Wednesday, 6 August 2014

France 2014 - Fontainebleau Chateau

Napoleon at Fontainebleau March 31st 1814
The picture above shows Napoleon at Fontainebleau at the end of the 1814 Campaign looking rather war weary and resigned to his fate. After touring some of the key sites during that campaign and going back to his tomb at Les Invalides, I was really looking forward to seeing the place he called home for the eleven years he was Emperor, and where he decided to return to in 1814 when all was lost and abdication was the only option left.

Fontainebleau started out as a medieval chateau in 1137 and only the keep survives from that original building. Since that time it was home to the Kings and Emperors of France until the fall of Napoleon III in 1870 and then was occupied by Presidents of the Third Republic. Today it is the most fully furnished of the French Royal Chateaux and has a large section of former Royal and Imperial apartments open to view to the public as well as access to the beautiful formal gardens and water features.

The imposing facade of Fontainebleau
I have really been looking forward to this visit ever since we booked the holiday and decided to stay near to the palace. The history of the building and its former Royal inhabitants is a draw, but as someone interested particularly in the life and times of Napoleon it held an even greater attraction.

The gates to the palace with pillars still surmounted with Imperial Eagles
After donning our audio guides to the Chateau we climbed the staircase to, for me the main attraction, the Napoleon I museum where artifacts and personal belongings of the Emperor and his family are on display.

On entering the corridor leading to the display galleries you encounter massive portraits of the Imperial Family, with the first gallery displaying the imperial regalia worn by the Emperor and two imposing portraits one of the Emperor and the other of Empress Marie Louise.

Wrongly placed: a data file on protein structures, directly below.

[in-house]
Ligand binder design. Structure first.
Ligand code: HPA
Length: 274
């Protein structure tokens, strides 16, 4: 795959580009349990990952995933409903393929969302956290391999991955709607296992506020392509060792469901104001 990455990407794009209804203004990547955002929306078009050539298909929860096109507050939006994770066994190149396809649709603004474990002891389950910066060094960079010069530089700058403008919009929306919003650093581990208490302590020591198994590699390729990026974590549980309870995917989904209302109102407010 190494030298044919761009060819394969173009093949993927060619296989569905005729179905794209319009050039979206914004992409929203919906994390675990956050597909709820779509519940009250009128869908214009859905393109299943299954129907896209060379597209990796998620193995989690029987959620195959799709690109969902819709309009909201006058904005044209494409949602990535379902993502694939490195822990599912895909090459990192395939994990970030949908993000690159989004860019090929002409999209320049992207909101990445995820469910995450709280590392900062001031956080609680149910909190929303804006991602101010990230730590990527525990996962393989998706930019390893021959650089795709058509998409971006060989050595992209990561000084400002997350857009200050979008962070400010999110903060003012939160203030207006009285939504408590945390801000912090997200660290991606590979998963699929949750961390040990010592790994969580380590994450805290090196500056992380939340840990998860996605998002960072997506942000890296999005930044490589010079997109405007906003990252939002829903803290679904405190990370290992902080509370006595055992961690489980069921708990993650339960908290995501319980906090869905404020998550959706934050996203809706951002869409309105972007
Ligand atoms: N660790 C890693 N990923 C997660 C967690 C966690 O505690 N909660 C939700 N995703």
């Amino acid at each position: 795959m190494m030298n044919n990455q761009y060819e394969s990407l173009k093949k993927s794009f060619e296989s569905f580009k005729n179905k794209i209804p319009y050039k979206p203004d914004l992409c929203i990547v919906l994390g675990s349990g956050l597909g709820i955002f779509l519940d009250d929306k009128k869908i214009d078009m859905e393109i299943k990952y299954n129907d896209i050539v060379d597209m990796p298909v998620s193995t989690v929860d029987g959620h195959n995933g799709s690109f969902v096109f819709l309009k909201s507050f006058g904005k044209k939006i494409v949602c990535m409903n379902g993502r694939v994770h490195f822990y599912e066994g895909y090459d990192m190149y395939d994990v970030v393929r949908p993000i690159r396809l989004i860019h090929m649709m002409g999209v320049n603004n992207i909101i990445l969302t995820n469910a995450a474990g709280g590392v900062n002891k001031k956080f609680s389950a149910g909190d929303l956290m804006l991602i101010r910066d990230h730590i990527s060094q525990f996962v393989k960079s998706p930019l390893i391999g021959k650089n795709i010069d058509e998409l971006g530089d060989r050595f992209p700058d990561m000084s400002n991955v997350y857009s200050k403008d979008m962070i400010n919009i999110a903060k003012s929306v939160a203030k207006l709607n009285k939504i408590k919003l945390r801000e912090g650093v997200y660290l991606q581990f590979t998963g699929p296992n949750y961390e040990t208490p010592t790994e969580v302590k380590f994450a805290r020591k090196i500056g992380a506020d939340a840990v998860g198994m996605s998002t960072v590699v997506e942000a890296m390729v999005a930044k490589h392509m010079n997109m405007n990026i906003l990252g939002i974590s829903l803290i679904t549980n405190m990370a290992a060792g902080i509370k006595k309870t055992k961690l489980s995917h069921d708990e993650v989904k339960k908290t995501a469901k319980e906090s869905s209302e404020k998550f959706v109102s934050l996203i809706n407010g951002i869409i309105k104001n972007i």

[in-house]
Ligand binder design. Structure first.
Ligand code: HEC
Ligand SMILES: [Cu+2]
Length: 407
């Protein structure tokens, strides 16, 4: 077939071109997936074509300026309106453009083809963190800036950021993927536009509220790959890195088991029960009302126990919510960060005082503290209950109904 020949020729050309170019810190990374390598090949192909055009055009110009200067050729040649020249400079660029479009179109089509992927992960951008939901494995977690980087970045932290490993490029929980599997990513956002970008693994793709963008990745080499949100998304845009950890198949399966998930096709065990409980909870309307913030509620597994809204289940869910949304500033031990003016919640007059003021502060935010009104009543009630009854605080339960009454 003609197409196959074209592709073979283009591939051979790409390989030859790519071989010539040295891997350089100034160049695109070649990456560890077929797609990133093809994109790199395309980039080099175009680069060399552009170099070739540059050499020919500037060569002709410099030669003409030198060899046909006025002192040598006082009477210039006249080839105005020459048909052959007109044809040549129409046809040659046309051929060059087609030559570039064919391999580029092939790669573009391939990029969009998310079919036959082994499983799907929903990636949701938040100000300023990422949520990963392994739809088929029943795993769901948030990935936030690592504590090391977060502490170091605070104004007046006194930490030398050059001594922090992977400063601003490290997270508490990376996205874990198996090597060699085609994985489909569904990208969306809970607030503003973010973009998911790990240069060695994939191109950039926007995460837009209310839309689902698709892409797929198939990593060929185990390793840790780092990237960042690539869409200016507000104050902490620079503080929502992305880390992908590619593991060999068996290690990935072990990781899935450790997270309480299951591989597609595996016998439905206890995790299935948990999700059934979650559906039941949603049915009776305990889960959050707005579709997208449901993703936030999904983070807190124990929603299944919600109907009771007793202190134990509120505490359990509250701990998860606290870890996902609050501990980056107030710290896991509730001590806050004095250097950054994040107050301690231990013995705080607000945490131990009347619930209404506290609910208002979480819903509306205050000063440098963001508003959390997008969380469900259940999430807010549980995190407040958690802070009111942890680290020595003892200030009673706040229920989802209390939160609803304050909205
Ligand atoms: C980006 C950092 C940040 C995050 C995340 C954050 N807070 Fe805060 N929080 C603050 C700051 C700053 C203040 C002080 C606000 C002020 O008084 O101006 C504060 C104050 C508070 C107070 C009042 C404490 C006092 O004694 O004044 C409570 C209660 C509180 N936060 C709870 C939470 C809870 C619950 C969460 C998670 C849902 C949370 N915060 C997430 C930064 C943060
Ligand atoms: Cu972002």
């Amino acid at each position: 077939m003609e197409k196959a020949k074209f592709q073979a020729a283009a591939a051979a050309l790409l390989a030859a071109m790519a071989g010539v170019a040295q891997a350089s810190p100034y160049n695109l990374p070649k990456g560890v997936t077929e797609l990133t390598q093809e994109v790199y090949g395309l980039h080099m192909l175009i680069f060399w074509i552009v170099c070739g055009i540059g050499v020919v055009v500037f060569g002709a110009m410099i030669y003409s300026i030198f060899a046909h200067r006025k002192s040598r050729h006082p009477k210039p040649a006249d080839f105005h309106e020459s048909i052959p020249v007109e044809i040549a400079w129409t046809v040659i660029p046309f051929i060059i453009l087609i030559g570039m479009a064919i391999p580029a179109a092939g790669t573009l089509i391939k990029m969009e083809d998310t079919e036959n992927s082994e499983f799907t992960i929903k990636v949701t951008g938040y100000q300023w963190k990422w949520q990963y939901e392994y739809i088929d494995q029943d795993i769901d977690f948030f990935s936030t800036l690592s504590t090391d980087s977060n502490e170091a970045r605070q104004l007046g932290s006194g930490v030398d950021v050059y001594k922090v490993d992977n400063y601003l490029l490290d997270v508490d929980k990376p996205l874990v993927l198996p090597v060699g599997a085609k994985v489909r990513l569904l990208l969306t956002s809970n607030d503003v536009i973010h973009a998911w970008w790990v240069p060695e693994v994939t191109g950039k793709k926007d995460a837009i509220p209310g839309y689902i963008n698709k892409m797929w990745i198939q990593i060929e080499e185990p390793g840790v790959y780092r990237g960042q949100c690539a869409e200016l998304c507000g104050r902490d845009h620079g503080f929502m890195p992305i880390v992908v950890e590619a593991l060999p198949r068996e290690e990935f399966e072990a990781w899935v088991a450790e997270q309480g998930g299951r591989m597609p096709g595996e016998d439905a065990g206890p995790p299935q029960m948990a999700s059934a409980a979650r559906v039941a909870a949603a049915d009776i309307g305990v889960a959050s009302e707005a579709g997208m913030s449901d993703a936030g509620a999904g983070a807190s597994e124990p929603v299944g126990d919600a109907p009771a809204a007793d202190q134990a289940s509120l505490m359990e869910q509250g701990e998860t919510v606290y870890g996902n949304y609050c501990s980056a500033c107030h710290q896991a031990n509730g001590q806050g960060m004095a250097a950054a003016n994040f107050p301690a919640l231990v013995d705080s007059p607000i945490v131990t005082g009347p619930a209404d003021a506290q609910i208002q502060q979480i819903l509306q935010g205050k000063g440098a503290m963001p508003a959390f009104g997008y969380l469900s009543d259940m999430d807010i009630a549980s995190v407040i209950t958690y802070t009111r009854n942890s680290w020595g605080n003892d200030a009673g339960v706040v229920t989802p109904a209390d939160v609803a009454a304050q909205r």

Napoleon I, Emperor of France and King of Italy

The regalia worn by Napoleon is a clever mix and match of the new and the ancien order, in that the the traditional symbols of royal supremacy are still on display with the orb and hand of justice on the cushion  beside him plus the wearing of the ermine cloak. As a Brit. familiar with our own royalty, when they get dressed up, this is all familiar stuff. The familiar is then mixed with the new imperial symbols of the Eagle surmounting the staff, the Roman style of laurel crown and the bee motif replacing the fleur de lys on the imperial red cloth where the royal colour had been blue.

I am always surprised by some commentators who in their admiration for Napoleon's achievements, of which I number myself, forget the political nature of his regime. This was about as far away from republicanism as you can get and much closer to the "divine right of Kings" where the law is the man at the top and he can create other sub Kings, ie his family members and some senior generals, in other peoples countries at will. The portrait above is all about justifying the right to do that, by a man who was a a former general who grabbed power in a military coup. This, in my opinion, is the paradox that is Napoleon.

Empress Marie Louise
The portrait of Marie Louise of Austria, underlines this desperate need to legitimise the regime by marriage and association with one of the great royal families of Europe, the Hapsburgs; and the more pressing desperation for a male heir to continue that regime, especially after Empress Josephine was unable to fulfil this part of the previous partnership. On both counts Marie Louise ticked the boxes, and with the Hapsburgs being one of the most productive royal families in Europe was soon pregnant with the future King of Rome, Napoleon II.